New wayfinding signs proposed for downtown Encinitas

New wayfinding signs proposed for downtown Encinitas
The sleek design includes an option of either a sheet rock or cobblestone base and a gold lotus akin to the one atop the Self Realization Fellowship would sit atop the three monument signs. Artwork by Todd Anderson/Switchfoot Creative

ENCINITAS — Motorists, pedestrians and cyclists could find their way around downtown Encinitas a little easier if the City Council approves a series of new “wayfinding” signs and monuments proposed by the Encinitas 101 MainStreet Association.

The City Council is considering approving the monument and directional sign network at its Aug. 15 City Council meeting.

The freshly designed signs and monuments would guide visitors to destinations such as the beach, parking lots, City Hall and the library; landmarks such as the Boat Houses; preferred bike routes and the downtown business district.

Most prominent among the new signs would be three so-called “monument signs,” located at the northern and southern edge of downtown at Coast Highway 10 and Encinitas Boulevard and the Santa Fe Pedestrian undercrossing, respectively, and one at the corner of Vulcan Avenue and Encinitas Avenue, the vehicular gateway to downtown.

The sleek design includes an option of either a sheet rock or cobblestone base and a gold lotus akin to the one atop the Self Realization Fellowship would sit atop the three monument signs.

Encinitas 101, which represents downtown’s merchants and businesses and promotes the city’s core, created the new monuments as part of a $15,000 grant it received in October 2017 from the San Diego County Neighborhood Reinvestment Program.

According to a city staff report, residents have frequently complained to Encinitas 101 about the lack of a cohesive directional sign network in downtown.

“The current signs, including parking and historical signs, are sparse and not comprehensive,” the city staff report states.

The group’s board of directors in January 2018 established a Wayfinding Committee — which included board members and interested members of the public — that coordinated the design efforts and locations of the various signs.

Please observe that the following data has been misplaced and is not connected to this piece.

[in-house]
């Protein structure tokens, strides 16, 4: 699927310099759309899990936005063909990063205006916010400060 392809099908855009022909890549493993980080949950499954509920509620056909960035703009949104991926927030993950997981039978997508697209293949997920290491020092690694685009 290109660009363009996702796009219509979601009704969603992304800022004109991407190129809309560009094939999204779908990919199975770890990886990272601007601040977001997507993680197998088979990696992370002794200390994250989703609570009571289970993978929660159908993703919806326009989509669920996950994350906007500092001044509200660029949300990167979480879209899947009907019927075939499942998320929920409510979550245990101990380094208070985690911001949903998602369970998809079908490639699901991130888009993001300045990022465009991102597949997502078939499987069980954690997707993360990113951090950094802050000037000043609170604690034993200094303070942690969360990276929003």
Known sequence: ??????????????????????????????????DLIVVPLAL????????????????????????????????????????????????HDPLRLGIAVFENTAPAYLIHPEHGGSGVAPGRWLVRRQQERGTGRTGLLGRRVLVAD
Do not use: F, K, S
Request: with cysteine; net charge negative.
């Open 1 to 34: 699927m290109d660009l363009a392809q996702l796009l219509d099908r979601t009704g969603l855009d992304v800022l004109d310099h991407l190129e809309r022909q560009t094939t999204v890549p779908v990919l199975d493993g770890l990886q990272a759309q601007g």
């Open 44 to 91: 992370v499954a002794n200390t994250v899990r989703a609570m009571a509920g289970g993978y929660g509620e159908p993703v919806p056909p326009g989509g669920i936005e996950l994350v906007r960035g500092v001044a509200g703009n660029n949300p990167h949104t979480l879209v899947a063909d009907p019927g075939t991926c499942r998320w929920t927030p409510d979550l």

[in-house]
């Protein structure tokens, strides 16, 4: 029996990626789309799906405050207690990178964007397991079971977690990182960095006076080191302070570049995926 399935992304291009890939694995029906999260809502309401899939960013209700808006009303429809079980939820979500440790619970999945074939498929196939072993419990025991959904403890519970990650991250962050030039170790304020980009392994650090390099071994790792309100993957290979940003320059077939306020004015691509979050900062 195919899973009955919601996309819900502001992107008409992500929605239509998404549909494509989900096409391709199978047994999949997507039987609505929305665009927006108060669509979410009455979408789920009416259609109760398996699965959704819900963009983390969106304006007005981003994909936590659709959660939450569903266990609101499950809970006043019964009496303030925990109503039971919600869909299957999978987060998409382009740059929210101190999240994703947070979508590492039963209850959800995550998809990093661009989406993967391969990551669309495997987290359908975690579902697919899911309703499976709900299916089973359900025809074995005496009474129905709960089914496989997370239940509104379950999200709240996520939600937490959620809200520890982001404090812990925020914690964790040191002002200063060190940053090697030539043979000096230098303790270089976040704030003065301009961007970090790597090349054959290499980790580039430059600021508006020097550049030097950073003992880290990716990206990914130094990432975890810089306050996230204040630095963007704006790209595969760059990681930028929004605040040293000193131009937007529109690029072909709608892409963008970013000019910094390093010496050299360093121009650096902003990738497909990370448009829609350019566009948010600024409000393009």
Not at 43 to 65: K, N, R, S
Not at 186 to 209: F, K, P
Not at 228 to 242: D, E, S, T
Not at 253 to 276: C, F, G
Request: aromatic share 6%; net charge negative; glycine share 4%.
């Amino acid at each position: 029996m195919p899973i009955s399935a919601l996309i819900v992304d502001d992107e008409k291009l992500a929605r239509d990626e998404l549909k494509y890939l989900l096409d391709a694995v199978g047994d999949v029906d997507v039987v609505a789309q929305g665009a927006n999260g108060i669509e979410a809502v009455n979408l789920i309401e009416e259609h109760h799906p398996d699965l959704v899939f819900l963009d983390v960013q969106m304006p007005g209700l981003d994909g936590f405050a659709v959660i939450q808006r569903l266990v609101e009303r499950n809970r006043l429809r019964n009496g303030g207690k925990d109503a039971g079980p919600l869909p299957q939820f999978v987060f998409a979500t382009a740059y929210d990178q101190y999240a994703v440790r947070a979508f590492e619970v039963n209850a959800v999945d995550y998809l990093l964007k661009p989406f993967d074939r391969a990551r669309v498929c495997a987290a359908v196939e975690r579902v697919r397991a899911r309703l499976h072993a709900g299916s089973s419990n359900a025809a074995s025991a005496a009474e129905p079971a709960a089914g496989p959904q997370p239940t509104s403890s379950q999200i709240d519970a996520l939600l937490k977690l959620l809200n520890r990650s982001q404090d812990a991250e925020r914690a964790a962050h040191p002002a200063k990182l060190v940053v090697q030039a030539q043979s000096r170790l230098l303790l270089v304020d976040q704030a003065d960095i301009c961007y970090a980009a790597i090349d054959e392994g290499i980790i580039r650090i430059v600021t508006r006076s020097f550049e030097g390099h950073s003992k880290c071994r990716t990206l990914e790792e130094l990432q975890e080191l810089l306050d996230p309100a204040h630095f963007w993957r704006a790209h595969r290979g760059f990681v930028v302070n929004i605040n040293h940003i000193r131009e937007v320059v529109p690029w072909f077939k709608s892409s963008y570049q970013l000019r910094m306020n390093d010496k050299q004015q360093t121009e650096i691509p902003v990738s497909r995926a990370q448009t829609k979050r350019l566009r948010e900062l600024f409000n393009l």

Encinitas 101’s board approved the proposal on June 20. If the City Council approves it, it would accept the signs and monuments as a donation, but would have to determine how to pay for future sign replacement and maintenance.

“E101 is thrilled that our Wayfinding signs and monument designs are going to City Council for approval this month,” said Irene Pyun, the group’s executive director. “As an organization that promotes downtown businesses, it is important to have effective signage that helps visitors navigate the town.”

Pyun said the signs have a tangible financial benefit to the city.

“Wayfinding signs improve the local economy by encouraging exploration of an urban area while providing useful information to make the urban experience more enjoyable,” Pyun said. “We are excited to put a modern twist on the designs to reflect our unique beach town.”

2 Comments
  1. Chris Ahrens 4 weeks ago

    As a 50-year resident of North County, I found Aaron Burgin’s “New Wayfinding Signs Proposed for Downtown Encinitas” piece both enlightening and disturbing. Enlightening because it illuminated the signs of the times and the current push of catering to businesses and tourists at resident’s expense. Disturbing for several reasons, including cost, clutter, and overexposure. What makes Encinitas unique is not signs but a lack of them. Pointing out the few remaining nooks and crannies to tourists is both embarrassing and expensive. $150,000 for signs? Ask the people who live in or near the boathouses for a vote. Beware council members, your backyard could be next!

    • Todd Anderson 4 weeks ago

      Hey Chris – I understand where you’re coming from, I’ve been surfing in Encinitas since I was a kid, lived in Leucadia for many years and currently work in the downtown 101 corridor. All my usual breaks are crowded, there are too many soft boards in the water, and parking is a nightmare. It’s our town every day and the crush of seasonal tourists during the summer is enough to make any resident check their sanity. But the fact is we live and work in a coastal neighborhood where 4 months out of the year, visitors arrive in droves and they want to go to the beach. Good things love water, right? You can’t fault them for that; Encinitas is a wonderful, beautiful, seaside paradise that offers much more than a sunburn and sand wedgie at the end of the day. There are so many cool things to do and see along the 101…my hope with these signs is that they encourage people to get out of their cars, grab a bike or take a walk, and learn to love Encinitas like we do. Slow and easy, and preferably on two wheels while wearing flip flops.

      We should support the local businesses and eateries that work so hard during the 8 month “off-season” to keep their doors open for us locals. If these signs and wayfinding structures can help guide visitors around town, get them into the local stores and restaurants and drum up more business during the June-September bonanza, it’s a win-win for the community. If the signs also provide visitors with a sense of the unique history of coastal Encinitas and help them appreciate the City’s efforts to preserve local historical landmarks, it’s hardly an embarrassment, rather something to be proud of. The tourists will continue to come, hopefully this signage project will enhance their experience and help them remember that Encinitas is a rare and special town.

      Also, it is a $15,000 grant that is paying for the project, I think you added another zero to your cost estimate.

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